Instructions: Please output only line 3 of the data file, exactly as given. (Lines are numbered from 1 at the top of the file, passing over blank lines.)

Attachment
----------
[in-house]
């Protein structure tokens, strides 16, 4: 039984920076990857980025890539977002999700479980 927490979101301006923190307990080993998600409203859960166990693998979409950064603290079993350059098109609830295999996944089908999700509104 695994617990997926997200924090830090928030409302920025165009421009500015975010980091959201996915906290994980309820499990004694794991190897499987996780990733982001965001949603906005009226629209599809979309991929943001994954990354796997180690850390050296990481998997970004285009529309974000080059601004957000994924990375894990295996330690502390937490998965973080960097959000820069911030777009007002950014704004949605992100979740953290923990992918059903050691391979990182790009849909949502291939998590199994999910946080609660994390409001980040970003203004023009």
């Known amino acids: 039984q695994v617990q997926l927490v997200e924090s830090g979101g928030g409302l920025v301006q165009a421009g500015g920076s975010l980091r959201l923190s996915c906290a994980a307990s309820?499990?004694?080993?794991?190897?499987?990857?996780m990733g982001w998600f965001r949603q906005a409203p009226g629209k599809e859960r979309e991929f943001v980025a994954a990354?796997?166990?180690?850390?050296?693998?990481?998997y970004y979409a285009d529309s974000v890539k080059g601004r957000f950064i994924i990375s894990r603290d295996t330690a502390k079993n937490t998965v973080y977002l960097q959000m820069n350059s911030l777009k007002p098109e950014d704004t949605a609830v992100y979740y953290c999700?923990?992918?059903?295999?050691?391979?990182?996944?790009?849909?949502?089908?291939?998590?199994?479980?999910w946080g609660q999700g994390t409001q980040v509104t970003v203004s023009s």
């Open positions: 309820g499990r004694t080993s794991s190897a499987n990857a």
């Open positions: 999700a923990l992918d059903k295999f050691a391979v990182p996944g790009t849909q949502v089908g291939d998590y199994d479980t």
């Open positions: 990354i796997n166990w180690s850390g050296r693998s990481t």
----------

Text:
């Known amino acids: 039984q695994v617990q997926l927490v997200e924090s830090g979101g928030g409302l920025v301006q165009a421009g500015g920076s975010l980091r959201l923190s996915c906290a994980a307990s309820?499990?004694?080993?794991?190897?499987?990857?996780m990733g982001w998600f965001r949603q906005a409203p009226g629209k599809e859960r979309e991929f943001v980025a994954a990354?796997?166990?180690?850390?050296?693998?990481?998997y970004y979409a285009d529309s974000v890539k080059g601004r957000f950064i994924i990375s894990r603290d295996t330690a502390k079993n937490t998965v973080y977002l960097q959000m820069n350059s911030l777009k007002p098109e950014d704004t949605a609830v992100y979740y953290c999700?923990?992918?059903?295999?050691?391979?990182?996944?790009?849909?949502?089908?291939?998590?199994?479980?999910w946080g609660q999700g994390t409001q980040v509104t970003v203004s023009s």